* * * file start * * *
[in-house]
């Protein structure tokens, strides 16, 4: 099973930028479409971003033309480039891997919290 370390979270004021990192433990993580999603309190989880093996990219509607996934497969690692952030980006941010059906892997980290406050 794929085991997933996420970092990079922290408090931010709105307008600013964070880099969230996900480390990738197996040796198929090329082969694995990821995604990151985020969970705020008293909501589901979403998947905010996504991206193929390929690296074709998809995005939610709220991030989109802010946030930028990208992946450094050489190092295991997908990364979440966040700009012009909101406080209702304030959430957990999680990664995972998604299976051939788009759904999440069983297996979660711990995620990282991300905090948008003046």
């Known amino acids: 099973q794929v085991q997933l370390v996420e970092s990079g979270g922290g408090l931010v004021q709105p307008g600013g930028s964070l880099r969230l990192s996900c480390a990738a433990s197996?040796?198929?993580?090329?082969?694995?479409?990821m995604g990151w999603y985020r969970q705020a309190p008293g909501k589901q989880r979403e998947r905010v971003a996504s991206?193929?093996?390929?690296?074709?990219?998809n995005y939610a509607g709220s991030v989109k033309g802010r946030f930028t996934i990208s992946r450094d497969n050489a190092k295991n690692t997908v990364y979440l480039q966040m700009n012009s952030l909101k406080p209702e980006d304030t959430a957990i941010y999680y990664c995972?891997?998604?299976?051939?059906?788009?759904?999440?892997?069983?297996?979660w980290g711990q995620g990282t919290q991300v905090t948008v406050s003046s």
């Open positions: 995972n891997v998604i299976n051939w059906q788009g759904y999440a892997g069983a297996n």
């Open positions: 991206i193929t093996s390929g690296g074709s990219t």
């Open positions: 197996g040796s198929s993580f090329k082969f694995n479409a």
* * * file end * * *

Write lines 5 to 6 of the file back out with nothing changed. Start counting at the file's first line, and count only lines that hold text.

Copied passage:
């Open positions: 991206i193929t093996s390929g690296g074709s990219t």
């Open positions: 197996g040796s198929s993580f090329k082969f694995n479409a």